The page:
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Carver, C.S. (2004) Self-Regulation of Action and Affect. In: Baumeister, R.F. and Vohs, K.D., Eds., Handbook of Self-Regulation Research, Theory, and Applications, Guildford Press, New York, 13-39.

has been cited by the following article:

  • TITLE: The Psychological Processes of Adaptation and Hope in Patients with Multiple Sclerosis: A Thematic Synthesis

    AUTHORS: Andy Soundy, Carolyn Roskell, Tracey Elder, Johnny Collett, Helen Dawes

    KEYWORDS: Qualitative, Meta-Synthesis, Adaptation, Hope, Neurology, Multiple Sclerosis

    JOURNAL NAME: Open Journal of Therapy and Rehabilitation, Vol.4 No.1, February 25, 2016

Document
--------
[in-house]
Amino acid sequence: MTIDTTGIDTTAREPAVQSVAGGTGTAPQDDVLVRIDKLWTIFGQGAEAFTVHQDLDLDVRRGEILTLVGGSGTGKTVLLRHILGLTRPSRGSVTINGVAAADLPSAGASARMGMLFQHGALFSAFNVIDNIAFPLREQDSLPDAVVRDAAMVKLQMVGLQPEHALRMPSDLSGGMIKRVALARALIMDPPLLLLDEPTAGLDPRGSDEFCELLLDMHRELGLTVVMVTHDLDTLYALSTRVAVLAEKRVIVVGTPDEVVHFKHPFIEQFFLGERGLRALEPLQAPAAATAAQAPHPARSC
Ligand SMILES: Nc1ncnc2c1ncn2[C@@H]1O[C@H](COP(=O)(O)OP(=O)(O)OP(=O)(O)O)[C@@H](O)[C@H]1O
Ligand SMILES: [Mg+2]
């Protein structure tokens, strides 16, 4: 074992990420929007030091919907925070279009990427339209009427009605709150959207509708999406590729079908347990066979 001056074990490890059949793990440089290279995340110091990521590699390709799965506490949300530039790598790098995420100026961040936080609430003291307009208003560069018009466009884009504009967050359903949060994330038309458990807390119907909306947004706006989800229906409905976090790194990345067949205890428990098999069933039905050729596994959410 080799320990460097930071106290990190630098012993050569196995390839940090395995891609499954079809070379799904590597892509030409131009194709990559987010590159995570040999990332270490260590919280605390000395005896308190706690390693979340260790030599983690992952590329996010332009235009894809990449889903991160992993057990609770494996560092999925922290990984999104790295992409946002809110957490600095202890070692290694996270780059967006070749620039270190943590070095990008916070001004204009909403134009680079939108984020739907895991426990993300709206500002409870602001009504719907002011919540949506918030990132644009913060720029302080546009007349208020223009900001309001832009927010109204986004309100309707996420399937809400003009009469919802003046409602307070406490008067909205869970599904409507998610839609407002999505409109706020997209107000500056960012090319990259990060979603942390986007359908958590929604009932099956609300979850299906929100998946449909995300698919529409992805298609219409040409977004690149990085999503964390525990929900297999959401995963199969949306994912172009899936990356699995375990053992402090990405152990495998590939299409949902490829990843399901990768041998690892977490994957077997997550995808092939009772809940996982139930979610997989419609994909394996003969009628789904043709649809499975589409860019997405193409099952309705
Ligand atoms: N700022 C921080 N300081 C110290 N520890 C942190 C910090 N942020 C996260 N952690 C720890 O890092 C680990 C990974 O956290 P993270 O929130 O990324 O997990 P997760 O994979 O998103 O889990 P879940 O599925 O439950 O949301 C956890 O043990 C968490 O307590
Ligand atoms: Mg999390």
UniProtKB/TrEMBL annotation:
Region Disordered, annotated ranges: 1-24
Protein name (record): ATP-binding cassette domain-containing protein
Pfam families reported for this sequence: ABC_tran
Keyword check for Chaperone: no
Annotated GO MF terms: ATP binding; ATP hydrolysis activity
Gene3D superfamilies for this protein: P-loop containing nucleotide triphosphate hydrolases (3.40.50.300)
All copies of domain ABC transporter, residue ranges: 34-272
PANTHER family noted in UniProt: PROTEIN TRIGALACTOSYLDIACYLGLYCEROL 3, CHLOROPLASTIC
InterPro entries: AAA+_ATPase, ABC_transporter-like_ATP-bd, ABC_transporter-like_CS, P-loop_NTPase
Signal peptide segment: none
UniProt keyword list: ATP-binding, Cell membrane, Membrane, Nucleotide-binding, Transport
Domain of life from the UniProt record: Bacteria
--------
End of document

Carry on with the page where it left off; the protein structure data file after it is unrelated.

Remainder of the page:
ABSTRACT: Purpose: The purpose of the current research was to review the lived experiences of patients with multiple sclerosis (MS) in order to extrapolate the psychological process of adaptation. Methods: A thematic synthesis was undertaken within 3 phases: systematic search for literature, critical appraisal of included studies and synthesis of research. Results: A total of 47 studies were included in this review, this included 1146 (812 females, 265 males, and 69 unknown) unique patients with MS (aggregated mean age: 49.3 years [30/47 studies], aggregated time with illness: 12.3 years [28/47 studies]). The critical appraisal of research illustrated that the design of the studies and the reference to reflexivity in studies were not well considered. The synthesis was able to identify a primary response of psychological adaptation as well as distinct coping strategies. A model of emotion, hope, and adjustment was identified. Conclusion: Simple processes of adaptation for people with MS can be considered by clinicians and utilised to promote mental well-being in patients. Clinicians and researchers also need to be aware of the important psychological needs of patients during interactions. Discussion and clinical implications are provided.